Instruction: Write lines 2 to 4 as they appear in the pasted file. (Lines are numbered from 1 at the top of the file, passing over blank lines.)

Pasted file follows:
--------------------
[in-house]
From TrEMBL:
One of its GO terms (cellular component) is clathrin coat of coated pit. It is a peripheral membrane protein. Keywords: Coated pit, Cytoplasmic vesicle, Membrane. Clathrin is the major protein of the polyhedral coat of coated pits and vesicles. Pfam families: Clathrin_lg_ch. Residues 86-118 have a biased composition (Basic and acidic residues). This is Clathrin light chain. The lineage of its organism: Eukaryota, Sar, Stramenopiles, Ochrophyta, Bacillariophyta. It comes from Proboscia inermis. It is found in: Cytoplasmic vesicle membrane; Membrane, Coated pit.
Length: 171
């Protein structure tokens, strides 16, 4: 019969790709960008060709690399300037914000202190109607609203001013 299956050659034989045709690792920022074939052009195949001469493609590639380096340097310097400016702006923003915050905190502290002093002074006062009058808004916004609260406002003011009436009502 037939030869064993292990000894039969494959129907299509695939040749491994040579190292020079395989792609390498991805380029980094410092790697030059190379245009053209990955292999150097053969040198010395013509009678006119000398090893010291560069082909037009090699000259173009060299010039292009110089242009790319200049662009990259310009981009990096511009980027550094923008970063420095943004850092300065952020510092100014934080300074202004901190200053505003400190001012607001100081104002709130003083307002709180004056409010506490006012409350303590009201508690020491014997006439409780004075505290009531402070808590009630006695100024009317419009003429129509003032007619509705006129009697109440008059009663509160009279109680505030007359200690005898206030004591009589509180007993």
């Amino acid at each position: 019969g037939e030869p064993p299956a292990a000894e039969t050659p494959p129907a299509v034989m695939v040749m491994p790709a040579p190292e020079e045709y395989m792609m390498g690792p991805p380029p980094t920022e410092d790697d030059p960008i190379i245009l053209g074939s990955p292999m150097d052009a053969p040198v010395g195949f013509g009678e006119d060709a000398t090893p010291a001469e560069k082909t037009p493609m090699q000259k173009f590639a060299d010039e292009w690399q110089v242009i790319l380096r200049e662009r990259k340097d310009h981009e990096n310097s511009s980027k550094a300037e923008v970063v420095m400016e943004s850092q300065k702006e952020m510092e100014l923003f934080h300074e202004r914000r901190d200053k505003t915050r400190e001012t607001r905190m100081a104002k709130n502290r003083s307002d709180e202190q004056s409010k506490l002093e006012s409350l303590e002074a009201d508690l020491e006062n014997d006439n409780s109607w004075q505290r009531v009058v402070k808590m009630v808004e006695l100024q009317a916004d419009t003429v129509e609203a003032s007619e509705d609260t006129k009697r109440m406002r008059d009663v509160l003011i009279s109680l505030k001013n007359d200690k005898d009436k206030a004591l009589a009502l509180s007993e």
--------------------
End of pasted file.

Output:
From TrEMBL:
One of its GO terms (cellular component) is clathrin coat of coated pit. It is a peripheral membrane protein. Keywords: Coated pit, Cytoplasmic vesicle, Membrane. Clathrin is the major protein of the polyhedral coat of coated pits and vesicles. Pfam families: Clathrin_lg_ch. Residues 86-118 have a biased composition (Basic and acidic residues). This is Clathrin light chain. The lineage of its organism: Eukaryota, Sar, Stramenopiles, Ochrophyta, Bacillariophyta. It comes from Proboscia inermis. It is found in: Cytoplasmic vesicle membrane; Membrane, Coated pit.
Length: 171